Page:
A new research indicates that Great Britain suffered a geological Brexit during which it separated from the rest of the European continent. Researchers also explained why this ancient event holds so much importance in the geological history of our continent.
The theory suggests that Great Britain separated from the continent after a massive flood which took place in two stages and destroyed the piece of land which connected Great Britain and France. Firstly, a huge lake overflowed around 450,000 years ago. Then, 290,000 years later, the flood occurred. This created the Dover Strait, which represents the boundary between Great Britain and the rest of the continent.
How did the geological Brexit take place?
Researchers say that, initially, the Dover Strait was a chalk crest which hosted a glacial lake behind it. These surroundings looked really similar to the frozen tundra from Siberia. This lake was the one that overflooded at first, and this caused the erosion of the rock. In the end, the rock turned into a breach which caused the permanent separation of the two pieces of land.
However, scientists doubt that it was mere erosion which caused the separation. They suspect that an earthquake must have shaken the lake so hard that it caused it to overflow and create waterfalls. The author of the study, professor Jenny Collier from the Imperial College, London, explained the situation.
“The waterfalls were so huge they left behind the plunge pools, some several kilometers in diameter and 100 meters deep in solid rock, running in a line from Calais to Dover.”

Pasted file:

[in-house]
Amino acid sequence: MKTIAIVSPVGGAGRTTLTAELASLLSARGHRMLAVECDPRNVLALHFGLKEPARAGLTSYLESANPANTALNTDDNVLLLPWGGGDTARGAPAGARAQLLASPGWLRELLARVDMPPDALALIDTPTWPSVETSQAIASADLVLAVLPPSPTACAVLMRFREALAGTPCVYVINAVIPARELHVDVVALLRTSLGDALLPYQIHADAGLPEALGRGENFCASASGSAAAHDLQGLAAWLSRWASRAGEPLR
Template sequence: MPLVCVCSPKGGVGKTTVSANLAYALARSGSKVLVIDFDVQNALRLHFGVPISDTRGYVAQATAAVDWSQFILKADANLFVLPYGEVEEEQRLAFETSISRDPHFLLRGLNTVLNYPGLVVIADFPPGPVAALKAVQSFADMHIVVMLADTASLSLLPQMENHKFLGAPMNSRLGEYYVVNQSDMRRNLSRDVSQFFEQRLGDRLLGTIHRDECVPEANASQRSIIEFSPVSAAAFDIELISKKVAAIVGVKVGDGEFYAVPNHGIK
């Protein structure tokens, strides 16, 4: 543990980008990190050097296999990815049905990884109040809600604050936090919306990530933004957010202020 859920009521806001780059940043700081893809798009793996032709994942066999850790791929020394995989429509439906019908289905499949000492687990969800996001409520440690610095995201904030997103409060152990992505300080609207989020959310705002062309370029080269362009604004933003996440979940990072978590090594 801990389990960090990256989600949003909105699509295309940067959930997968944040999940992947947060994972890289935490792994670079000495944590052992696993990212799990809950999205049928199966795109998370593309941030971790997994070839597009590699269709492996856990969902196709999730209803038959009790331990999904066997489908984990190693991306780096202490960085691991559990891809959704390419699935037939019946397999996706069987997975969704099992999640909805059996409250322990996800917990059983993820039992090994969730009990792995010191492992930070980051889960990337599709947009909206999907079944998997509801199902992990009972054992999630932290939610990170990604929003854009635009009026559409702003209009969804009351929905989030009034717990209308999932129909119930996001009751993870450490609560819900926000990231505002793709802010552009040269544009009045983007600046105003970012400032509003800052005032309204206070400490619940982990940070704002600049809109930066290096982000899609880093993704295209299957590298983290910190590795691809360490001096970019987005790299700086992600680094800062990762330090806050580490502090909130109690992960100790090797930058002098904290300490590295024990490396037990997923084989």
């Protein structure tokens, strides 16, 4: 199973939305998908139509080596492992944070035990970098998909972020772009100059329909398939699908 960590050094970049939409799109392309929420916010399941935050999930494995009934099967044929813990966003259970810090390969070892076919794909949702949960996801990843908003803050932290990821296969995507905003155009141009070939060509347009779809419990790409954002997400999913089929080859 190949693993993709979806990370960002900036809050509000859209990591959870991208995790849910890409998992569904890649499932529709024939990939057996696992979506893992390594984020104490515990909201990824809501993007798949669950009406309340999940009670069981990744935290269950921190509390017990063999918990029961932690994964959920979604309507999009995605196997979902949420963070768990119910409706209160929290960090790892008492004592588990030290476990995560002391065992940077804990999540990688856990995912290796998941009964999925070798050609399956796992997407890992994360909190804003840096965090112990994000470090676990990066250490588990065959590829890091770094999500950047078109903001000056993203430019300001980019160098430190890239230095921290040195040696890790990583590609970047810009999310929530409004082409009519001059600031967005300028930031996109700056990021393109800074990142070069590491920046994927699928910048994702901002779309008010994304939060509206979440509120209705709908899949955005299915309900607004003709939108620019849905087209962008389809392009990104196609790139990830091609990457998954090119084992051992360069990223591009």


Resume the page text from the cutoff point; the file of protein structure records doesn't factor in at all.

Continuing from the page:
The importance of the Dover Strait
If this initial event had not happened, we could have had today’s Britain hanging from the continent just like Denmark does. Researchers are pretty sure about this hypothesis, but they want to take more samples to establish the exact moment when everything happened.
However, it might be difficult to investigate the area, since the Dover Strait is nowadays one of the main naval transport areas which connects the English Channel with the North Sea, as well as the Atlantic Ocean. It can host more than 500 ships every day, so it has a huge commercial importance.
Besides this, the area has a rich history, being a key strategic location during the Napoleonic War and World War II. It hosts many defense towers and fortifications which helped in the protection of the country during attacks.
The geological Brexit is an important event with great significance for the geography and biological evolution of the area. Also, it has a social importance, too, as it had an impact on the early colonization of Great Britain.
Image Source: Flickr